As I said earlier, it is very hard to do justice to Gordon Lightfoot’s achievements, but the thoughts of other artists and actions of institutions are proof positive of his standing. Bob Dylan said when he heard a Gordon Lightfoot song, “It’s like I wish it would last forever.” which is a sign of Gordon Lightfoot’s standing with other artists. The great bluegrass guitarist released a compilation of his own versions of Gordon Lightfoot songs, so enamoured was he of the Canadian songwriter. At the start of the 21st Century, Gordon Lightfoot was made a Companion of the Order of Canada, the highest Canadian civilian honour, reflecting his artistic achievements and his championing of his home country. Fellow Canadian Robbie Robertson of The Band called him “a national treasure“. Finally, Gordon Lightfoot is reported to have said on CBC in 2004, “I want to be like Ralph Stanley, Stompin’ Tom, and Willie Nelson. Just do it for as long as possible.“, an ambition he definitely achieved. Lightfoot’s career and life were everything a life and career could ever hope for; Trouble, love, success and failure all in spades. He summed it up in his last album, ‘Solo‘ with his last single ‘Oh So Sweet’ summarising his time on earth:

The road I chose was not all it should be
But sometimes it was, oh, so sweet“.

About Martin Johnson 392 Articles
I've been a music obsessive for more years than I care to admit to. Part of my enjoyment from music comes from discovering new sounds and artists while continuing to explore the roots of American 20th century music that has impacted the whole of world culture.
Subscribe
Notify of
guest

This site uses Akismet to reduce spam. Learn how your comment data is processed.

8 Comments
Oldest
Newest Most Voted
Inline Feedbacks
View all comments
Mark McCall

Enjoyed reading that Martin. I had never heard of Gordon Lightfoot until the guy who runs my excellent local record shop sold me a copy of Sundown for £4 a couple of months ago. I’ve subsequently delved into his catalogue and become a huge fan. I guess we’ve all got our favourite songs but the Wreck of the Edmund Fitzgerald is a bit special. His voice just somehow suits the haunting nature of the track – and the story. There’s a documentary about it on YouTube which is well worth a look. Sad he’s left us but he leaves a pretty impressive body of work.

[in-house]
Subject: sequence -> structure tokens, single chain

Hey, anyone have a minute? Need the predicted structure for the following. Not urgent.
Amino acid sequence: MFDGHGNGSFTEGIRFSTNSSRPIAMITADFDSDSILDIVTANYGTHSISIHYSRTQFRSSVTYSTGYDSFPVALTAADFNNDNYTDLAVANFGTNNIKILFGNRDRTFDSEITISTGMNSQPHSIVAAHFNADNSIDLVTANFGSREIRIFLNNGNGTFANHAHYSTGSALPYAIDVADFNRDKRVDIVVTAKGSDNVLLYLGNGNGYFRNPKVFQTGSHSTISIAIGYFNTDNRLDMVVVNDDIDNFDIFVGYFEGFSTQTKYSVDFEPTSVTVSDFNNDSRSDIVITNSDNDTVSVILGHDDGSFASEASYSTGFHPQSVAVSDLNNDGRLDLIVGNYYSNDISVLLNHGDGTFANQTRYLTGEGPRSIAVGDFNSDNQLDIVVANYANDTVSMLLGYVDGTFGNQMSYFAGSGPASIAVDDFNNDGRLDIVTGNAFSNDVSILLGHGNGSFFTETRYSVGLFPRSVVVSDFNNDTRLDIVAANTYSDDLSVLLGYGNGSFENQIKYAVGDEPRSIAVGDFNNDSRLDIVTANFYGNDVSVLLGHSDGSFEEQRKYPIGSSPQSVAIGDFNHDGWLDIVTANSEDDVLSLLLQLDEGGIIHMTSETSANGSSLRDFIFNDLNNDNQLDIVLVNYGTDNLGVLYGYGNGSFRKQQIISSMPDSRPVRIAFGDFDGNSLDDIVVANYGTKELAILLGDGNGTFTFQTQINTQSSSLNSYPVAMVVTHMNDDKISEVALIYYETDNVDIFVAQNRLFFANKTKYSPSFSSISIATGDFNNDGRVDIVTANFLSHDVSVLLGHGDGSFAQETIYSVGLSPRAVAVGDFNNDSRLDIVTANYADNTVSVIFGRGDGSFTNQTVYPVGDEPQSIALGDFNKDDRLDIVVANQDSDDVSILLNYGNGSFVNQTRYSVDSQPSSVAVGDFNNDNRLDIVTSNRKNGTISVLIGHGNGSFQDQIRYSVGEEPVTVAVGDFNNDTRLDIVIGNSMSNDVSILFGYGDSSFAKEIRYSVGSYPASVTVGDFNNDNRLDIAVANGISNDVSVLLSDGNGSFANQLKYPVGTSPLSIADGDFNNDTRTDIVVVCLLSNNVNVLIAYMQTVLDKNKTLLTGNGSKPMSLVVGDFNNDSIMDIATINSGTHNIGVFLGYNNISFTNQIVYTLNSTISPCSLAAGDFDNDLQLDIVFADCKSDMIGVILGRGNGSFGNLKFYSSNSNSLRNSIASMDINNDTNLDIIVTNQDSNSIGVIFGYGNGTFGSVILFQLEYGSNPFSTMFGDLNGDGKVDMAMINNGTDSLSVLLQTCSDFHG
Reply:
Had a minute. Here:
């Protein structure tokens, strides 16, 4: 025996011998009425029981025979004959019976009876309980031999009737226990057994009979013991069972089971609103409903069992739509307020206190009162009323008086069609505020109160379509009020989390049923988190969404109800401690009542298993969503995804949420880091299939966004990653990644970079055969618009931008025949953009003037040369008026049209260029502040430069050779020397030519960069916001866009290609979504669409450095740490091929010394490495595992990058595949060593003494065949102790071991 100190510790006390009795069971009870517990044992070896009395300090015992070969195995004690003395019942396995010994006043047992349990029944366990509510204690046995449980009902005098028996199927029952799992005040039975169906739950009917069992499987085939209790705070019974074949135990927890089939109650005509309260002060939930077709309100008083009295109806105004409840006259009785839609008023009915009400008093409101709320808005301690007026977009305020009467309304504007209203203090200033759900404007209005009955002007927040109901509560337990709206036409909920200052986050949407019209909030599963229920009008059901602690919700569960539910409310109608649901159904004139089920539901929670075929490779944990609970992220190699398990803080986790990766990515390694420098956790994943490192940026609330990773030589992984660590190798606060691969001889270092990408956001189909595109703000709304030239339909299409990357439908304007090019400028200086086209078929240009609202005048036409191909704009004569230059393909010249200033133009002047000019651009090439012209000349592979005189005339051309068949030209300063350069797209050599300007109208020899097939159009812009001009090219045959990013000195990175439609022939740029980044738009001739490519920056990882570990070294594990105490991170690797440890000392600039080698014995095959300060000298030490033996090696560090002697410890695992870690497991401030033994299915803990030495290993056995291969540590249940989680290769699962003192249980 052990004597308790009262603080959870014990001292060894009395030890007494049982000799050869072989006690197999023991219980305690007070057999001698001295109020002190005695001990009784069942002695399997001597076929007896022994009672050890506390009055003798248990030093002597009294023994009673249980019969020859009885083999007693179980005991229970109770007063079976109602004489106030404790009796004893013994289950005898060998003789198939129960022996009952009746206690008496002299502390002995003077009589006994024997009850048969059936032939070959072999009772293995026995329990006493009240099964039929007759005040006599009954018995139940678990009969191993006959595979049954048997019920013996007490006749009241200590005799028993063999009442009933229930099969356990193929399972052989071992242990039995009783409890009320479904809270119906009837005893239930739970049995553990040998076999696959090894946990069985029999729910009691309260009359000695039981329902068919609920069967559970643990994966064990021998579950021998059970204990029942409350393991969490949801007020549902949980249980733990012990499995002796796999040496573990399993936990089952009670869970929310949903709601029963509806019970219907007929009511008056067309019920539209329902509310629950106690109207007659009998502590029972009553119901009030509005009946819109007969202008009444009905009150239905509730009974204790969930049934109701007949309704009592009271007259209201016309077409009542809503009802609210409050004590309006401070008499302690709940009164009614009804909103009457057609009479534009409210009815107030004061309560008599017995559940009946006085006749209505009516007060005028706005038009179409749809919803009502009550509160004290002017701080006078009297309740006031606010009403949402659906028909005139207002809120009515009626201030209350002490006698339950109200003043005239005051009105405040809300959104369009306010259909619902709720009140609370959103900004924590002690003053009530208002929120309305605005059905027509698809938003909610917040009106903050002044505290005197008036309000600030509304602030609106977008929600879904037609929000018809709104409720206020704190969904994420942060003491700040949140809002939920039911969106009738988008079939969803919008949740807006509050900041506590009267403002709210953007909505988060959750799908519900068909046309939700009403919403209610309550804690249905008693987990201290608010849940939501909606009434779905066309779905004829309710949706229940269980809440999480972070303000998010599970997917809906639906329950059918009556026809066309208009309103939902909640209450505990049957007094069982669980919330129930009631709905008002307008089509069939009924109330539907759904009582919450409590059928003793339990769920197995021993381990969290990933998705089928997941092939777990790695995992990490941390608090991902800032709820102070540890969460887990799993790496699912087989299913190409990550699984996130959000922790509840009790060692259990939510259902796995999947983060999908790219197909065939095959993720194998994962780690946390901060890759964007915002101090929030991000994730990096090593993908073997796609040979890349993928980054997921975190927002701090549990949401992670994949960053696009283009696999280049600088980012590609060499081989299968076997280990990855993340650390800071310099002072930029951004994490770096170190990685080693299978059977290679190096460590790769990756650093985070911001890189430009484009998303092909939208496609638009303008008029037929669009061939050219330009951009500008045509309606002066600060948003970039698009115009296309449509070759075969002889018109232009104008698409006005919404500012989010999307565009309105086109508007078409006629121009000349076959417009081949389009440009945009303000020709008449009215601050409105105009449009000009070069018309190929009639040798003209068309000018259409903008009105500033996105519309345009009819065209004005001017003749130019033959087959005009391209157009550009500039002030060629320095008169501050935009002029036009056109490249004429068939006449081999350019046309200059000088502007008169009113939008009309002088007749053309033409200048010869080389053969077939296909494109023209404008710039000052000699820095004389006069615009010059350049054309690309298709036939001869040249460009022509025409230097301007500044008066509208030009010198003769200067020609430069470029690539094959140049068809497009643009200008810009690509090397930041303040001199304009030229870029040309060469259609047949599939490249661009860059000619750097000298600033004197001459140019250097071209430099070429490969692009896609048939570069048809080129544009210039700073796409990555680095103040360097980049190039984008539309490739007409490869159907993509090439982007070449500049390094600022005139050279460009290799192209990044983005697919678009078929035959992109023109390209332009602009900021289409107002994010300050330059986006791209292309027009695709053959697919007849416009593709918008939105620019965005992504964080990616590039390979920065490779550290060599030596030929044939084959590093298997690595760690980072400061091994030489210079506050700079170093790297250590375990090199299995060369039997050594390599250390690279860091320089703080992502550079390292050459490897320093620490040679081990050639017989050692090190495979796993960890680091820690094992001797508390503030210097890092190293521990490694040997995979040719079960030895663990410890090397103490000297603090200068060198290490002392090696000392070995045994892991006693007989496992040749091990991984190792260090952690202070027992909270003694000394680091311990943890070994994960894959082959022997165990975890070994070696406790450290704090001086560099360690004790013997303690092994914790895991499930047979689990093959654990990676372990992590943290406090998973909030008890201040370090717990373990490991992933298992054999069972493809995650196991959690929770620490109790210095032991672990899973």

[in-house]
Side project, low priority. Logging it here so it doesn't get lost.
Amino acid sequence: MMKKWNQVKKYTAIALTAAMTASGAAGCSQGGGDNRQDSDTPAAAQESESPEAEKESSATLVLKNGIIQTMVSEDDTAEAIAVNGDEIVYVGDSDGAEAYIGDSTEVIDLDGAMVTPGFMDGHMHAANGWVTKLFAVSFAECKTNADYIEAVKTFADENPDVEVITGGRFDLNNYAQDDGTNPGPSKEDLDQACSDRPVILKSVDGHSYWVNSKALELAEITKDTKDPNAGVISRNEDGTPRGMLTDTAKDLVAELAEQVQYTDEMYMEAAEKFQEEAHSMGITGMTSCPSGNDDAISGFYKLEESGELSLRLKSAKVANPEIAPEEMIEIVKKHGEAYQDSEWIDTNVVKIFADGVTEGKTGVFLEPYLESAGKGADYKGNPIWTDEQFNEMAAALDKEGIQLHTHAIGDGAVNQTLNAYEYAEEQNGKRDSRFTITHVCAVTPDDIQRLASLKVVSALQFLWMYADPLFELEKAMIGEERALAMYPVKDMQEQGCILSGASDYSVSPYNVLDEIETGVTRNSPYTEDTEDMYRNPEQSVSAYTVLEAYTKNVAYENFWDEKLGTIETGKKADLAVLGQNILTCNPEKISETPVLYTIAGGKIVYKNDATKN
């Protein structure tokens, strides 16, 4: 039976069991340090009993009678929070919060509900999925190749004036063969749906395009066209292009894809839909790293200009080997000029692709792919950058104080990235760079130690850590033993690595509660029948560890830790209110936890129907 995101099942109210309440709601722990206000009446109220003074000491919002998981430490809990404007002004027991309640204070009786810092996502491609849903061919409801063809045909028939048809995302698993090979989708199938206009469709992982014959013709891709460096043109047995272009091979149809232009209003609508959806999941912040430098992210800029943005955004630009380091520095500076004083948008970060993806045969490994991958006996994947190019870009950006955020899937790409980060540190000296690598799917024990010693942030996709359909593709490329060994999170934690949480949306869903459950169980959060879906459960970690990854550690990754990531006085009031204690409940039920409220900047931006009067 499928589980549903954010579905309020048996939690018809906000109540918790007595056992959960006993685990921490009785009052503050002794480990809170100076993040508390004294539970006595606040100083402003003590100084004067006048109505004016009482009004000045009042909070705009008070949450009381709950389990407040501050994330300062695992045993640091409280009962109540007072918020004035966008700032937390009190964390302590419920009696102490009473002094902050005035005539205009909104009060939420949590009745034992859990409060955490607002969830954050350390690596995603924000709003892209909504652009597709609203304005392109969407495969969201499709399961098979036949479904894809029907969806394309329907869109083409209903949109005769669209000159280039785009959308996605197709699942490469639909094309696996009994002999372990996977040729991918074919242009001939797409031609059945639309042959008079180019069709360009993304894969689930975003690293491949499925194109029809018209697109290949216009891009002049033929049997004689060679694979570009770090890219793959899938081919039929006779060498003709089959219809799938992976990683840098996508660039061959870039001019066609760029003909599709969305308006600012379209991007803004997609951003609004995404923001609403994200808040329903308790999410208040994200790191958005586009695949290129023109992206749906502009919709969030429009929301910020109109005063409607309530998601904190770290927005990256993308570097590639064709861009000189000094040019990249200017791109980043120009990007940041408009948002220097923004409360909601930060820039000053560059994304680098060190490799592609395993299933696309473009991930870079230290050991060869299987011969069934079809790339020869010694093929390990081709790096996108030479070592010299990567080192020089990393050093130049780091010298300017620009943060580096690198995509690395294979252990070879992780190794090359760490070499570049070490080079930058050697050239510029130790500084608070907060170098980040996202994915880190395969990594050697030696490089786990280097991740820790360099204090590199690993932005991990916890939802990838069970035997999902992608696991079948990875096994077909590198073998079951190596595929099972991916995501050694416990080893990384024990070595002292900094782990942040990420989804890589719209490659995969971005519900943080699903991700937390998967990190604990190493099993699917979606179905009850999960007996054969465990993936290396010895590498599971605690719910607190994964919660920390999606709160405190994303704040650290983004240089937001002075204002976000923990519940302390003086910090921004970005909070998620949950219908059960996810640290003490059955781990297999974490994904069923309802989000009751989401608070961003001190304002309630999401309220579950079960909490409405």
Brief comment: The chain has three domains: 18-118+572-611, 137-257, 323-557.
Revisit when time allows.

andy riggs

Fine article thanks, worth checking out his lesser known songs.

wpDiscuz support

very nice

Anita

I was lucky enough to see Gordon Lightfoot at the O’Keefe centre in Toronto in 1966. I went with a girlfriend to see this folk singer who I had never heard of (being newly arrived from England). He appeared with another singer called Bonnie something or other.
I was completely captivated by his voice unlike anything I had heard before having just left the Merseybeat sound behind in England. I went and bought my first record although I didn’t have a record player.
Although he never really had a presence in the uk, I followed his releases and know the words to most of his well known songs.
I am now watching a concert from 1972 on BBC4 and the memories are flooding back.
RIP GL, you had one hell of a voice!